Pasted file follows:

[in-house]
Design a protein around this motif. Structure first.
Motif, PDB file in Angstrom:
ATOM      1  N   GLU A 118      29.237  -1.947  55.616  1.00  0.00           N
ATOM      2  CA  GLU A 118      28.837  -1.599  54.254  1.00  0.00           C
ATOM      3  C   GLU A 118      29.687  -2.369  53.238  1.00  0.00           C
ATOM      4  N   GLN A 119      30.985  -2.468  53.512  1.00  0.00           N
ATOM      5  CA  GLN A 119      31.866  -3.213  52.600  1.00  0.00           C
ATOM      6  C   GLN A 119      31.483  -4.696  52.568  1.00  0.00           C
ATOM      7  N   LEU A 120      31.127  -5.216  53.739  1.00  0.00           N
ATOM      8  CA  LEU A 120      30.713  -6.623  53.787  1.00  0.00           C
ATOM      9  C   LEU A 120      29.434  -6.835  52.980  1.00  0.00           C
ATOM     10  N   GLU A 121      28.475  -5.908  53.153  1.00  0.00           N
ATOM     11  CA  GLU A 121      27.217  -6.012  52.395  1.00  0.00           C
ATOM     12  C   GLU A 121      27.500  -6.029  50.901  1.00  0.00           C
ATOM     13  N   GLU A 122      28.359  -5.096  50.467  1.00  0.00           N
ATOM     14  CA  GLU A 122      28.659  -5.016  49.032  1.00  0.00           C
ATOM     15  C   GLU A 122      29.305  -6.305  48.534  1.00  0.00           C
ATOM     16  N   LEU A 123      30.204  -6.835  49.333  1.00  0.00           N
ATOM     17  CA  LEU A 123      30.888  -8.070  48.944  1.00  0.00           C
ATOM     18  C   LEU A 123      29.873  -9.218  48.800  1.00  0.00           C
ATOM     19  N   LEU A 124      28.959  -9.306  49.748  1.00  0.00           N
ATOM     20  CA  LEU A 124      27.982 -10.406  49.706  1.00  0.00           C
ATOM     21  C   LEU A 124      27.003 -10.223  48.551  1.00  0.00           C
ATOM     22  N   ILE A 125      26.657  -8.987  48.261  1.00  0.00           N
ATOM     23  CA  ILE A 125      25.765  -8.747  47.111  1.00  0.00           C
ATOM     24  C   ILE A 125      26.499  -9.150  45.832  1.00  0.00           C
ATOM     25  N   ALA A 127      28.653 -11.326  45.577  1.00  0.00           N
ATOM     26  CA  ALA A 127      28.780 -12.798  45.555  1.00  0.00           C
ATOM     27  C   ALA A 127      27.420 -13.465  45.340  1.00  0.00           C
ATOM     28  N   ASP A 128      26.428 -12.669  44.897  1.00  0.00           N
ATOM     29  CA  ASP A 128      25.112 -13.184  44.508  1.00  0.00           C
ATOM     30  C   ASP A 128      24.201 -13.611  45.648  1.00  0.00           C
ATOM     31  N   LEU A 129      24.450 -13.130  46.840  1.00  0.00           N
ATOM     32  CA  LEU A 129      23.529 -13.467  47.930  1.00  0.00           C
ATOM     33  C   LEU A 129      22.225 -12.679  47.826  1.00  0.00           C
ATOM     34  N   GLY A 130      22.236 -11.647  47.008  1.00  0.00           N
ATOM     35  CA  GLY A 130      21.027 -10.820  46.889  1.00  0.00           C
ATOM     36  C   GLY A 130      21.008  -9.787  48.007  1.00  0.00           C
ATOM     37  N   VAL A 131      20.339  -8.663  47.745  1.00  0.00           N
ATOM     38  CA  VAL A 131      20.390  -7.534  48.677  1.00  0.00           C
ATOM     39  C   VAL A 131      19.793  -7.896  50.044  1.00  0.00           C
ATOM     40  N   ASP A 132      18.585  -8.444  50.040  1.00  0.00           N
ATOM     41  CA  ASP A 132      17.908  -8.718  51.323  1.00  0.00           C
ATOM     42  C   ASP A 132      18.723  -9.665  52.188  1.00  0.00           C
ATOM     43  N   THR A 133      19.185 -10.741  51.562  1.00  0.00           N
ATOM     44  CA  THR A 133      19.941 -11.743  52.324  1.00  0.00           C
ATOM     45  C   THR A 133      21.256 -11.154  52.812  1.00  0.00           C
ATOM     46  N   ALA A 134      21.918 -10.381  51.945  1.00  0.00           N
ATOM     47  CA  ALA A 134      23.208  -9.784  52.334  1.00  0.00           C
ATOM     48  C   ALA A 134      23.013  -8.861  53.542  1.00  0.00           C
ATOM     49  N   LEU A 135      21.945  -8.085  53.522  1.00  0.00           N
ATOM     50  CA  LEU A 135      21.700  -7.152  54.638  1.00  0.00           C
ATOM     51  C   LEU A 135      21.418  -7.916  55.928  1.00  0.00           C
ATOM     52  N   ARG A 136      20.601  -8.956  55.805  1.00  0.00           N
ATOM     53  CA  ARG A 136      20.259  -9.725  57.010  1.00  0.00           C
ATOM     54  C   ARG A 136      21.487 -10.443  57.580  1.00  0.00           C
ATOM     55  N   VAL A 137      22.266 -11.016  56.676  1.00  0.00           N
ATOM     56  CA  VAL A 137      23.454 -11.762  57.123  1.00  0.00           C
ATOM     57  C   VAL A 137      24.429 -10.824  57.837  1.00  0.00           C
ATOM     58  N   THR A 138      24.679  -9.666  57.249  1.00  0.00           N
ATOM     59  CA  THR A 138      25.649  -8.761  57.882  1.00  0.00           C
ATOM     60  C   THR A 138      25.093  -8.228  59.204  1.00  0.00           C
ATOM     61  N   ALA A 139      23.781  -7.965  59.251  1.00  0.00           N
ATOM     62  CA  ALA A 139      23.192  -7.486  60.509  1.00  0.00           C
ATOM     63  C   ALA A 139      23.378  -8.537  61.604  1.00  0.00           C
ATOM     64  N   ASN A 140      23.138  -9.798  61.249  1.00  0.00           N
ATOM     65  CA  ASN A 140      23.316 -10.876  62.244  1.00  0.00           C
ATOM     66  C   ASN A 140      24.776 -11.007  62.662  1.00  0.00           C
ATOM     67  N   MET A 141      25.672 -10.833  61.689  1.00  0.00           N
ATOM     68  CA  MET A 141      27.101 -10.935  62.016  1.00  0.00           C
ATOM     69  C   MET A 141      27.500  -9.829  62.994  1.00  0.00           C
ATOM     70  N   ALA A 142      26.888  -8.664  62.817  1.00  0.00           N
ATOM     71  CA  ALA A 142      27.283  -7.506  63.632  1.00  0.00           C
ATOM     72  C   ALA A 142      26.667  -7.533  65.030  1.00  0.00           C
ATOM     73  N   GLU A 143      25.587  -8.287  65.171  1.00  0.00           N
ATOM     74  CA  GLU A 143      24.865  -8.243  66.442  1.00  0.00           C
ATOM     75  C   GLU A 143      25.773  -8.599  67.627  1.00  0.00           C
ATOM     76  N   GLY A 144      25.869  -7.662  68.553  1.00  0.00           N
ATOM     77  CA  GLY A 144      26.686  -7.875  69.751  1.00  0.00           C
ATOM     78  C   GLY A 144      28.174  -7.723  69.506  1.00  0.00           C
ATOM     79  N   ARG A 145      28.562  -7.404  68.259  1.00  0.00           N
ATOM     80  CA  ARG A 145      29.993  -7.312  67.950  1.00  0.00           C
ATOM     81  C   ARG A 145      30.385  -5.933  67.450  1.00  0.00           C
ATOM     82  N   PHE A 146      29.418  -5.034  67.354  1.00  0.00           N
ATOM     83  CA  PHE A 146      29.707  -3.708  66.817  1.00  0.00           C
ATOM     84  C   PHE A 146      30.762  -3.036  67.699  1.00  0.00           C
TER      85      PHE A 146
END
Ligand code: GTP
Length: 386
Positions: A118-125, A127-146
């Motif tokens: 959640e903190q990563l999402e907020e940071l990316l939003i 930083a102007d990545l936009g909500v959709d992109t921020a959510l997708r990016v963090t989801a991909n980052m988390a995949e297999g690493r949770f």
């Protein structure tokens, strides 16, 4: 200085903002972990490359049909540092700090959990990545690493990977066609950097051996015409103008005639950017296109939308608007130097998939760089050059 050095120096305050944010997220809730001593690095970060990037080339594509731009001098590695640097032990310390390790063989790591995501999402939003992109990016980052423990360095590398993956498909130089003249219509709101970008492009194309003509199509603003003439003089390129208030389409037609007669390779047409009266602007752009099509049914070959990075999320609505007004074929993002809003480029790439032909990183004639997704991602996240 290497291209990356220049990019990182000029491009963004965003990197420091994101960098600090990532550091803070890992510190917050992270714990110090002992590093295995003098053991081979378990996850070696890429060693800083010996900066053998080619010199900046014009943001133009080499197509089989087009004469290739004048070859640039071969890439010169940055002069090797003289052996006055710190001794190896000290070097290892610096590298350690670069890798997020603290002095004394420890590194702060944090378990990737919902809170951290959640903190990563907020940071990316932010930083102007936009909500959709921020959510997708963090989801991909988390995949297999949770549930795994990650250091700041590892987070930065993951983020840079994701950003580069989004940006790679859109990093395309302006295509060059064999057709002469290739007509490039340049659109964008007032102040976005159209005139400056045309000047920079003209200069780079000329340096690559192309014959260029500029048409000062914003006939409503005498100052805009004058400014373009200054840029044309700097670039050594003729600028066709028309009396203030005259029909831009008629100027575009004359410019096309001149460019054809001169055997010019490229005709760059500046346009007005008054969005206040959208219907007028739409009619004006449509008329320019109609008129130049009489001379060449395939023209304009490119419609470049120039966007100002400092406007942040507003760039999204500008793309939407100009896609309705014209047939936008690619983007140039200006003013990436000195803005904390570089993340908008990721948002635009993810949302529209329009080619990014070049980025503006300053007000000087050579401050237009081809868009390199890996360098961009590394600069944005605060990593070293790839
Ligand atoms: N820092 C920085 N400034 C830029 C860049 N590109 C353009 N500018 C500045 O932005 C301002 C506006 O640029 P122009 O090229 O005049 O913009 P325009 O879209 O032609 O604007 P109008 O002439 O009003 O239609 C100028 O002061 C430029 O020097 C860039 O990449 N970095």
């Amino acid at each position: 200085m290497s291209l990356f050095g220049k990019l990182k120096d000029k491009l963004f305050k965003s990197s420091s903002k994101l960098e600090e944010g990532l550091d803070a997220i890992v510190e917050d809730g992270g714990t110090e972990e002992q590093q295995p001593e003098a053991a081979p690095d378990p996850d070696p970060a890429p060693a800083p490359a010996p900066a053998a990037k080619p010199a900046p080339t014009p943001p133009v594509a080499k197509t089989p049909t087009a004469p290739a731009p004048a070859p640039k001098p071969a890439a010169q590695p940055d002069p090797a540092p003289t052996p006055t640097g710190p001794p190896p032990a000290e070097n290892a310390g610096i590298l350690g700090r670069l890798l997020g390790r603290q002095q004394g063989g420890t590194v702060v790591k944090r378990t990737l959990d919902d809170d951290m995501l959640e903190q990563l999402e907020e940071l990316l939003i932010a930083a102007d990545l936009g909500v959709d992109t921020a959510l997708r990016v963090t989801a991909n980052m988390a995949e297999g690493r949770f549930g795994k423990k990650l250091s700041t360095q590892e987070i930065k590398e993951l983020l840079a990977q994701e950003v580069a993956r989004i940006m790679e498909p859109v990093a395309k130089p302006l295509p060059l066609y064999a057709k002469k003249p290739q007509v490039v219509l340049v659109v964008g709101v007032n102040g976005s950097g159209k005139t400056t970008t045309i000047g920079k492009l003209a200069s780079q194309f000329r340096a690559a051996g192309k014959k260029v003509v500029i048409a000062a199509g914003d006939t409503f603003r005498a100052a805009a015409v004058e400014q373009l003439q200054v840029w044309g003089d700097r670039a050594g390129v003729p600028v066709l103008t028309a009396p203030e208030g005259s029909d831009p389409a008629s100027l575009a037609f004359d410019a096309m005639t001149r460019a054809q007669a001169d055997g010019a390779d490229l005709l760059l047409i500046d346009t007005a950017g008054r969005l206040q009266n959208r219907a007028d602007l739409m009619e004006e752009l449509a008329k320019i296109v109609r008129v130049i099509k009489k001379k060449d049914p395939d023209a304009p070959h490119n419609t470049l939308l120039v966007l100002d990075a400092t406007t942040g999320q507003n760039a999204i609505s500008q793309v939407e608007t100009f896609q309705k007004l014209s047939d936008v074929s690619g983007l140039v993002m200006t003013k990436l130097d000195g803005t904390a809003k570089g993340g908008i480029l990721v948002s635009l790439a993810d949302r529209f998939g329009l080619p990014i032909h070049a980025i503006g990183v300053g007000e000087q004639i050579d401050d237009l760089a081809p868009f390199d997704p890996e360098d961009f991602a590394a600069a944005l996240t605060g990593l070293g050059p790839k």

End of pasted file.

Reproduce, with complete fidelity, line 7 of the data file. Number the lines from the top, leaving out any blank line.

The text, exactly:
ATOM      4  N   GLN A 119      30.985  -2.468  53.512  1.00  0.00           N